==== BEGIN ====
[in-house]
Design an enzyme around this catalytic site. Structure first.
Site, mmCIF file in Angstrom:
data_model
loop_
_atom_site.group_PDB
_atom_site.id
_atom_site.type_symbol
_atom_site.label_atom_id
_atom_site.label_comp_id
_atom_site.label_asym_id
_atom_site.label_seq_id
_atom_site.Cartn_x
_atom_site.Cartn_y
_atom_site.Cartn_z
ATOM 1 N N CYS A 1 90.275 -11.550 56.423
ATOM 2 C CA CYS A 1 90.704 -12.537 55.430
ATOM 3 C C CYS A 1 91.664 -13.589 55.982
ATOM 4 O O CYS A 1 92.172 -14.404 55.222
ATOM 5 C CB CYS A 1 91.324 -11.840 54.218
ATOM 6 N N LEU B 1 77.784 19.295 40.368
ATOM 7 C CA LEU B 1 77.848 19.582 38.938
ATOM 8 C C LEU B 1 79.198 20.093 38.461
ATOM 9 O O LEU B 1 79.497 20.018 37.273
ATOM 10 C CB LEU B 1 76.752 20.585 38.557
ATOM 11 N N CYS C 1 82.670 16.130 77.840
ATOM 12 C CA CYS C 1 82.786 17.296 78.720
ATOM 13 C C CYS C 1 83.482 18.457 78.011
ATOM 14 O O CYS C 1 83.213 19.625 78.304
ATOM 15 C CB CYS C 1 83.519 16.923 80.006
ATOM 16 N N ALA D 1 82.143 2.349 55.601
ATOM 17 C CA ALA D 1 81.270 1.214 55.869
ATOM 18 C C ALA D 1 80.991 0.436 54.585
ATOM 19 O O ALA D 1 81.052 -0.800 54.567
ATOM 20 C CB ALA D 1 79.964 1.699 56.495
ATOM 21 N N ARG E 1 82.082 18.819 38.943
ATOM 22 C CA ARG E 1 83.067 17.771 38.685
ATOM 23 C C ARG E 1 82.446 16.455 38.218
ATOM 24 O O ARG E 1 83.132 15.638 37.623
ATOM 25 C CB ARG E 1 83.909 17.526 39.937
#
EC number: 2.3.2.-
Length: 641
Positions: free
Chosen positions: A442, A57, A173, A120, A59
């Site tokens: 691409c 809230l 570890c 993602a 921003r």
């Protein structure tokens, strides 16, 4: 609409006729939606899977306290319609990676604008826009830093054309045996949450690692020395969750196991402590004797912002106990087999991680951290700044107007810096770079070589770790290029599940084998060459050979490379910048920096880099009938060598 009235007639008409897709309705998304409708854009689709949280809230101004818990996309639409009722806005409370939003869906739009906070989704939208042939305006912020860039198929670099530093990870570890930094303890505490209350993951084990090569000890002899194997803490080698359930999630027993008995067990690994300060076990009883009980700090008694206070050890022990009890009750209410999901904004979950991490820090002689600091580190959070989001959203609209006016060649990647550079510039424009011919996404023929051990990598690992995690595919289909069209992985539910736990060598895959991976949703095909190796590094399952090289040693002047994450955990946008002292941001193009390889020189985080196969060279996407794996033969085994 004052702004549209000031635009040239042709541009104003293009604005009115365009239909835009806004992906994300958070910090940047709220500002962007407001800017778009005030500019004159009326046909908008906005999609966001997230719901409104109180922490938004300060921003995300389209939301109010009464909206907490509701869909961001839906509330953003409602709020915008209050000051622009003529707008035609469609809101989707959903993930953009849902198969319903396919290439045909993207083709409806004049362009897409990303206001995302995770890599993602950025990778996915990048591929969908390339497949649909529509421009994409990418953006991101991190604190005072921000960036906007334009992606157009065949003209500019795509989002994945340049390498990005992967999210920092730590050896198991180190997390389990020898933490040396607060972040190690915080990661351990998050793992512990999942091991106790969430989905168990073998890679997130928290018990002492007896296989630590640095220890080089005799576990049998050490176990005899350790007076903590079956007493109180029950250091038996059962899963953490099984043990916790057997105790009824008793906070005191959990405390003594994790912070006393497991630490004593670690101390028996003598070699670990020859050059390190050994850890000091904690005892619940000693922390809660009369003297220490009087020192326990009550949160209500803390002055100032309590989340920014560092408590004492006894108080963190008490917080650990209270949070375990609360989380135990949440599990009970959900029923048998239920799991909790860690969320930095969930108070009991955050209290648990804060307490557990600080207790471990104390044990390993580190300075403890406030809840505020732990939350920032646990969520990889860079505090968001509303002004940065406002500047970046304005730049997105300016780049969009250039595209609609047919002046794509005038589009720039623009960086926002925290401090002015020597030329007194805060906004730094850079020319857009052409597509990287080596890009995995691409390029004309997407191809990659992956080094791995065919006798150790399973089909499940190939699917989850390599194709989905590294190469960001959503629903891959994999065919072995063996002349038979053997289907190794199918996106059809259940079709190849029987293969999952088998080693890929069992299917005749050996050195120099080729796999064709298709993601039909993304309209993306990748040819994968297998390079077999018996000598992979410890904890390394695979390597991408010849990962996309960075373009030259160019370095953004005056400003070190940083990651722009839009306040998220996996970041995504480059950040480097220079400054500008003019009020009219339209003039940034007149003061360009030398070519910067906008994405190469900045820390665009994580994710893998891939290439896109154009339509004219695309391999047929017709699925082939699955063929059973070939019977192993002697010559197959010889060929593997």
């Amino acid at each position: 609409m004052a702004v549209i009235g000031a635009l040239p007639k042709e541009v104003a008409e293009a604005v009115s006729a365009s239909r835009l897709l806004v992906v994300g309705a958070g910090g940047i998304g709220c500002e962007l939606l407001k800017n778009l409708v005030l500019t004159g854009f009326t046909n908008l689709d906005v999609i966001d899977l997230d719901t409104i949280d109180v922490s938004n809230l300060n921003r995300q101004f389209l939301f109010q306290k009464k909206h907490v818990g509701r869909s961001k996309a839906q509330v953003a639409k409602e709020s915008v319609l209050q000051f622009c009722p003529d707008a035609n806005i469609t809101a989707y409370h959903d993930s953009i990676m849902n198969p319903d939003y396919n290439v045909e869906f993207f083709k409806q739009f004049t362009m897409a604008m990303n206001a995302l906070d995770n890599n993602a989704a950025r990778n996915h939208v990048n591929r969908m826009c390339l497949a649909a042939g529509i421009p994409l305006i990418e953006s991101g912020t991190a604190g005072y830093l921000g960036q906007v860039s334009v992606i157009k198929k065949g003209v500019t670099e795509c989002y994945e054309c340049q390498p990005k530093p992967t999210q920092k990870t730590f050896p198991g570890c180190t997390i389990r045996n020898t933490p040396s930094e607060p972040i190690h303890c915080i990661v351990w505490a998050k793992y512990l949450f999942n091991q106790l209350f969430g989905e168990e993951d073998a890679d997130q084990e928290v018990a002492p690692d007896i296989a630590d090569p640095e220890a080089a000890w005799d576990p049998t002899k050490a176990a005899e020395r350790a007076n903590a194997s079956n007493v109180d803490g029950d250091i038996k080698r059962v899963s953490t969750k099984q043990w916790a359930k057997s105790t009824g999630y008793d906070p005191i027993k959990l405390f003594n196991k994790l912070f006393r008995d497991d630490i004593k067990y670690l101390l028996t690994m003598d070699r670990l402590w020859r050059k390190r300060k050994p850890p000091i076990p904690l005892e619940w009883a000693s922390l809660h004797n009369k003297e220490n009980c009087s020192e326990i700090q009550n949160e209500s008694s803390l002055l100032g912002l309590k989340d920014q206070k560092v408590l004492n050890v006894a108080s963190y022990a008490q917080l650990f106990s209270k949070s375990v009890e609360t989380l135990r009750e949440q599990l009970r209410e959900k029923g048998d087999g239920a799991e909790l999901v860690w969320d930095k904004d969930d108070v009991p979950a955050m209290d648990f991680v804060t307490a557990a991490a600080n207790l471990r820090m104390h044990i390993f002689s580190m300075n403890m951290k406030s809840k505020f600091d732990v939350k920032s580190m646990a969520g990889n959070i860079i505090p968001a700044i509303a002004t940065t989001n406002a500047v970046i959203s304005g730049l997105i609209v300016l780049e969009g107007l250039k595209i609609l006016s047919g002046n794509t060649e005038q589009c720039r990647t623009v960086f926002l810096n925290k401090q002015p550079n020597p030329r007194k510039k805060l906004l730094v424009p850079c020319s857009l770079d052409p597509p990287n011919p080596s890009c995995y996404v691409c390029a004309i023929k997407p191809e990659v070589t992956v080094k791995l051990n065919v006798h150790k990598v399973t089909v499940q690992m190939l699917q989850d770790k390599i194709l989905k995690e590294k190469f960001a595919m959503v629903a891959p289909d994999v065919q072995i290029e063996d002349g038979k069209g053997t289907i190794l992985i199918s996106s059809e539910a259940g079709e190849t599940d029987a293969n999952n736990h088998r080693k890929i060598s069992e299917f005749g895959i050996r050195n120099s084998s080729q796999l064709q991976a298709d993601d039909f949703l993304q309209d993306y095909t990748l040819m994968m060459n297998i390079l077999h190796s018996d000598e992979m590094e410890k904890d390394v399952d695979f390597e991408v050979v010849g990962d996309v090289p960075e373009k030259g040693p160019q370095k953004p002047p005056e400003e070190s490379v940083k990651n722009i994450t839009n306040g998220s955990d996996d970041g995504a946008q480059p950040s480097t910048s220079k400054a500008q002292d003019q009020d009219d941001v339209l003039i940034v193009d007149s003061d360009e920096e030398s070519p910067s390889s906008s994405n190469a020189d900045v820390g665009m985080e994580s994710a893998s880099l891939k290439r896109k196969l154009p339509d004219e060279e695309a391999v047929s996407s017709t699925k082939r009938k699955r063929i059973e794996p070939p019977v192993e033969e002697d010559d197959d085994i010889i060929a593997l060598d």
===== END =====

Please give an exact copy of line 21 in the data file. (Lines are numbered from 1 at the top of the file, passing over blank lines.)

ATOM 6 N N LEU B 1 77.784 19.295 40.368